This future series continues with a look at a Deloitte report titled “The hero’s journey through the landscape of the future”. The report focuses on the organizational journey required to re-position for viability in the future landscape. As the landscape simultaneously fragments and consolidates, the authors see these forces and others changing the nature of relationships among businesses. A very good framework for this re-positioning is presented, along with great descriptions of the big shifts that are driving the need. The report sets the stage by identifying the main drivers of this future business landscape:
- Pressures on companies
- Pressures on individuals
- Eroding barriers: Lowered barriers to entry, commercialization, and learning
- Fragmentation: Staying niche, nimble, and small is the new goal for many
- Concentration: Emerging scale-and-scope operators will fuel and benefit fragmentation
- The need for mobilizers to connect and mobilize the ecosystem
As the big shifts accelerate, the authors believe companies will refocus from maximizing operational efficiency to accelerating learning. They suggest that most companies operate multiple business types within a single organization, driving a lack of focus and friction across diverse groups that compete for resources. There is an inherent cultural clash, as three business types tightly bundled into large enterprises have very different economics, skill sets, and cultures. In addition, the capacity to learn is sub-optimal. The three business types are:
Infrastructure businesses compete on scale, providing high-volume, routine processes, or products. These businesses are driven by powerful scale economics, require skills to manage high-volume, routine processing activities, and have cultures that prioritize standardization, cost control, and predictability. The facility or asset trumps the human being.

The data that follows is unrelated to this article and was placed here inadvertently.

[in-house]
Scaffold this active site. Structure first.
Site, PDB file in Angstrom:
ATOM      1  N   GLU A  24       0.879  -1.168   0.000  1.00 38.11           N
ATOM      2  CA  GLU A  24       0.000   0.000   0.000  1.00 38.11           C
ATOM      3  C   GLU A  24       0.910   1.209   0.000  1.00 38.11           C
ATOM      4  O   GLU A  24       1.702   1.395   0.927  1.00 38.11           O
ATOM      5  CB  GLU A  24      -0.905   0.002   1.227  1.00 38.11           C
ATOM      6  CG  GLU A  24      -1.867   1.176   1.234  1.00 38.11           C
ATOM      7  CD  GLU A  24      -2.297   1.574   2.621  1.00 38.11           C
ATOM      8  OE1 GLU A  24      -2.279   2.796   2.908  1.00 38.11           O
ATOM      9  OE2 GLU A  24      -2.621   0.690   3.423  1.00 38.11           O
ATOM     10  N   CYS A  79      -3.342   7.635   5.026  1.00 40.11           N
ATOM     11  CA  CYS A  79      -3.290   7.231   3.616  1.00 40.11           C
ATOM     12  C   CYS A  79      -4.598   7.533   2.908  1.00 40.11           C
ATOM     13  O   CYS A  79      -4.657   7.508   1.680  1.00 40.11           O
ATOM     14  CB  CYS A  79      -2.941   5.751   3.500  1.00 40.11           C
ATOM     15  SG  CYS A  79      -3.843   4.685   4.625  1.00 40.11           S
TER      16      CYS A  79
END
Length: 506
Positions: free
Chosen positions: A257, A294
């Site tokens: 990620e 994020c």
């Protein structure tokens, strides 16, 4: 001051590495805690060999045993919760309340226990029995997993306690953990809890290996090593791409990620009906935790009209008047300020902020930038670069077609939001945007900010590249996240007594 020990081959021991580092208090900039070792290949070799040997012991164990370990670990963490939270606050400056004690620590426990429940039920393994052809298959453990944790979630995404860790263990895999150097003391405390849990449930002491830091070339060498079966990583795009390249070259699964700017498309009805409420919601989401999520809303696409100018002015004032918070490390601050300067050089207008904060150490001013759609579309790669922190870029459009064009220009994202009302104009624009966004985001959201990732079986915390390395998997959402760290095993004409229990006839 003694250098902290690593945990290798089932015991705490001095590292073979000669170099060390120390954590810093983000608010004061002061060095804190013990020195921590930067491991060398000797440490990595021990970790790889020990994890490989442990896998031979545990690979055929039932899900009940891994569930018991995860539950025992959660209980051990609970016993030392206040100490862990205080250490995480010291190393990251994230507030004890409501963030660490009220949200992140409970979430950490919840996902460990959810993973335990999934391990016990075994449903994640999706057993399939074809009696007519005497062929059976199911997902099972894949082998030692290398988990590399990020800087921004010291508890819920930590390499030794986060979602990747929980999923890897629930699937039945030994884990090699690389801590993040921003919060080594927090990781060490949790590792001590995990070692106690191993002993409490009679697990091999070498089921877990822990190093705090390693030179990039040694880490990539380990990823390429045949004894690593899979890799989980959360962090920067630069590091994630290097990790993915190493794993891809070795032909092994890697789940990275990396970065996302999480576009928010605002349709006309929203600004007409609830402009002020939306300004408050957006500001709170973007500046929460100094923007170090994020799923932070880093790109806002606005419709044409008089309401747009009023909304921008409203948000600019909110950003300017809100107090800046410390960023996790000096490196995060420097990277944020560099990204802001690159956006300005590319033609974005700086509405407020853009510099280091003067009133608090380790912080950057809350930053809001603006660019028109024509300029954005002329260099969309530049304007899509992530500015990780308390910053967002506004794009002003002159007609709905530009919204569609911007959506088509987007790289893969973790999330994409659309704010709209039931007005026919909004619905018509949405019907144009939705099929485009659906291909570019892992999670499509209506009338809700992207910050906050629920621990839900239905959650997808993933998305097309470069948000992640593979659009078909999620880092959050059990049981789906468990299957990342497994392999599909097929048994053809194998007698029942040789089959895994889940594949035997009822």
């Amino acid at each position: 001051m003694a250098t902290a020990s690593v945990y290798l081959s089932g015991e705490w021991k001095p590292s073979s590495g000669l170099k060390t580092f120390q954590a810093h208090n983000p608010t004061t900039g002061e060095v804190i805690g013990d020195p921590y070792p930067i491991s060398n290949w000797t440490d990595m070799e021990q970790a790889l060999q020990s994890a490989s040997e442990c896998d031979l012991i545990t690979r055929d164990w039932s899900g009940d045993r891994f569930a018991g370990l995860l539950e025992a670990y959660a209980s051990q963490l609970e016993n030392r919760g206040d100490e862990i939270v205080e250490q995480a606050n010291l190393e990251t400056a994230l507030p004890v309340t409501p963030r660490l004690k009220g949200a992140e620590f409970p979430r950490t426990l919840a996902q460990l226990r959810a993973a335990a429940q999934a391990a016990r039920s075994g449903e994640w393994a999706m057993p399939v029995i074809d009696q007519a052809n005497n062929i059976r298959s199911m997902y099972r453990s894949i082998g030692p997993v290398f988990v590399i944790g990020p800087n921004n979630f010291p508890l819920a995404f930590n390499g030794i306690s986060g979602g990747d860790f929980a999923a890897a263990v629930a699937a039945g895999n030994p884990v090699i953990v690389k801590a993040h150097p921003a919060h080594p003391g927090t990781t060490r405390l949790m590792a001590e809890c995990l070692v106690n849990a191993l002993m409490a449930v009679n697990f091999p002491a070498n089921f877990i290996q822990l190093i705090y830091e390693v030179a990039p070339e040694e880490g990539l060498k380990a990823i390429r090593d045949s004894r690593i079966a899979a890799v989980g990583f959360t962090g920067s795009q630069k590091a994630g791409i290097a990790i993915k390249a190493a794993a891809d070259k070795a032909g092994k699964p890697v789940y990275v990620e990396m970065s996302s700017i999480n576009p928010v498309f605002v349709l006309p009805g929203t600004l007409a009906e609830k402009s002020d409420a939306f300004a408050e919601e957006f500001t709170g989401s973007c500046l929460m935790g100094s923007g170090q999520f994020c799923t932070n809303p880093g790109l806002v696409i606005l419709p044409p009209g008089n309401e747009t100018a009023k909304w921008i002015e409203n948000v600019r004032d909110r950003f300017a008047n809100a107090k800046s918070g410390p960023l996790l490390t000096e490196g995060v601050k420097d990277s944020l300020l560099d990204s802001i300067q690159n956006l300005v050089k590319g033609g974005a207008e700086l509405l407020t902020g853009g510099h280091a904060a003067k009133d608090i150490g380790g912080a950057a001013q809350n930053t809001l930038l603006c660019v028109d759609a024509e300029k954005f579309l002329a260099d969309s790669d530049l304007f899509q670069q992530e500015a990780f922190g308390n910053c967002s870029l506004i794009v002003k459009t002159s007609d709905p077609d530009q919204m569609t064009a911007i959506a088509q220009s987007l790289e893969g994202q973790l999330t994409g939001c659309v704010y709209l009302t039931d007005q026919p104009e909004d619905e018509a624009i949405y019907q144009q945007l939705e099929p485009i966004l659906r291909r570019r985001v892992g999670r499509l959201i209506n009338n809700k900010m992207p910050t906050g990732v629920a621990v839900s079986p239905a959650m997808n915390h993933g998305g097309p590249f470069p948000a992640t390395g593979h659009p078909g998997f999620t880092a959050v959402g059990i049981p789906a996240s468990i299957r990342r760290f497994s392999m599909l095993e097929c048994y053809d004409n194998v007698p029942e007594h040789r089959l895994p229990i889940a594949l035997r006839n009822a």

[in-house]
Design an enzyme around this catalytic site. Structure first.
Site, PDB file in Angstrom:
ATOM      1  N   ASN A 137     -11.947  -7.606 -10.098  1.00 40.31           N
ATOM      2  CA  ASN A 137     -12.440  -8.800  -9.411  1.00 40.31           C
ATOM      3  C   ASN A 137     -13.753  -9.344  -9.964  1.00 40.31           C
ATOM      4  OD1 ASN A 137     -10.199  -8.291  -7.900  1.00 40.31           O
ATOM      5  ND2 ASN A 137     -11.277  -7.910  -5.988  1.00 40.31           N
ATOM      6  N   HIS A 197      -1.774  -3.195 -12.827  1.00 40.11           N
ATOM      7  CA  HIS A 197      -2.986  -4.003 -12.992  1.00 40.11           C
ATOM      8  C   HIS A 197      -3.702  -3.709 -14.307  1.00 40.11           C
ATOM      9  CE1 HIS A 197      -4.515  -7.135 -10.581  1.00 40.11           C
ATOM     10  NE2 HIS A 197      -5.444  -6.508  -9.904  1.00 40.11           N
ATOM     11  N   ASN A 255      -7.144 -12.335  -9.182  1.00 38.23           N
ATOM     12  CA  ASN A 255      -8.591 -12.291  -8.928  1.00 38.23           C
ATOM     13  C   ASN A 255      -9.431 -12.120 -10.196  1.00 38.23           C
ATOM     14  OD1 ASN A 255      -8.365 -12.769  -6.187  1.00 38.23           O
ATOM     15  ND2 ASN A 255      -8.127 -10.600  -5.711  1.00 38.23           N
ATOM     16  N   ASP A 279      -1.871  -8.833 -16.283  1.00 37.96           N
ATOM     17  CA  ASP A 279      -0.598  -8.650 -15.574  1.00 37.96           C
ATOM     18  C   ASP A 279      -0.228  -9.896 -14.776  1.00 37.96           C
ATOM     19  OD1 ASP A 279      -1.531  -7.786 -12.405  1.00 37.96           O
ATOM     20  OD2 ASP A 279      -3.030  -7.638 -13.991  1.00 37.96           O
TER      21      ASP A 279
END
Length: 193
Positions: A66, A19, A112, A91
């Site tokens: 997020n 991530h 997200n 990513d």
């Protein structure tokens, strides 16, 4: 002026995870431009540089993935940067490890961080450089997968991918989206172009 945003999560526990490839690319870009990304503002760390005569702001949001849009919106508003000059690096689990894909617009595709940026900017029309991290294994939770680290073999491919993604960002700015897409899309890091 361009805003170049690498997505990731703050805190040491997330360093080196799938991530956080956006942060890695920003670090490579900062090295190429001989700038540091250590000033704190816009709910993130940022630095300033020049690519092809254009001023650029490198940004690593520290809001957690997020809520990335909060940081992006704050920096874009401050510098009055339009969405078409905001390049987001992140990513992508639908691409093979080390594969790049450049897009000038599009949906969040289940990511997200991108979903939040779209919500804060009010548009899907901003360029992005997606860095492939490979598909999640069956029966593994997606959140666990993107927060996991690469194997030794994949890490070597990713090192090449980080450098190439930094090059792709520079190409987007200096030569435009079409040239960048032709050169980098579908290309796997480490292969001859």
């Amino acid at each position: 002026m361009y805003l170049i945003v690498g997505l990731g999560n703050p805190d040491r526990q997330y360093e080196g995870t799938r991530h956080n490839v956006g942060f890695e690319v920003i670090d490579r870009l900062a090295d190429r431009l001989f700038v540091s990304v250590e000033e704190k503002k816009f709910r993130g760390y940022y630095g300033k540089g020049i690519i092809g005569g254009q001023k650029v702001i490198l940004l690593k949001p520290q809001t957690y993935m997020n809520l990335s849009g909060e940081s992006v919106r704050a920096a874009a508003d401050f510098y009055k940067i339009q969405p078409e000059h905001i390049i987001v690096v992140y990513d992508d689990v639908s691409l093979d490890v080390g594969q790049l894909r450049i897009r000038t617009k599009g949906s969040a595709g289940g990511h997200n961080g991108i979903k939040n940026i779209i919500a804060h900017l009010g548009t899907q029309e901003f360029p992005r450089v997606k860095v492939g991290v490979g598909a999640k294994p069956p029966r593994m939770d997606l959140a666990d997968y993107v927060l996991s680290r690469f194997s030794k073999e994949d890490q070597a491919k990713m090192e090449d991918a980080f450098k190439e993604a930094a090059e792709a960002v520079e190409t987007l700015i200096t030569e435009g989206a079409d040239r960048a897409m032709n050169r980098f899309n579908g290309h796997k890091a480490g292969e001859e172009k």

Customer relationship businesses act as trusted advisors; bringing offerings to individuals based on what best meets a particular need. The customer relationship business competes on its scope of relationships, driven by economies of scope that build broader relationships with a growing number of customers. Advanced analytic skills are critical for this business type, enabling a deep understanding of the evolving context of each customer. The culture of this business type is customer-obsessed; no matter what internal issues arise as a result of meeting customer requirements. Trust comes from a willingness to satisfy individual needs, even if it requires offerings developed by other companies. The obvious tension comes from the product/service business type within the company wanting to restrict customer choice to only the products and services developed by that company.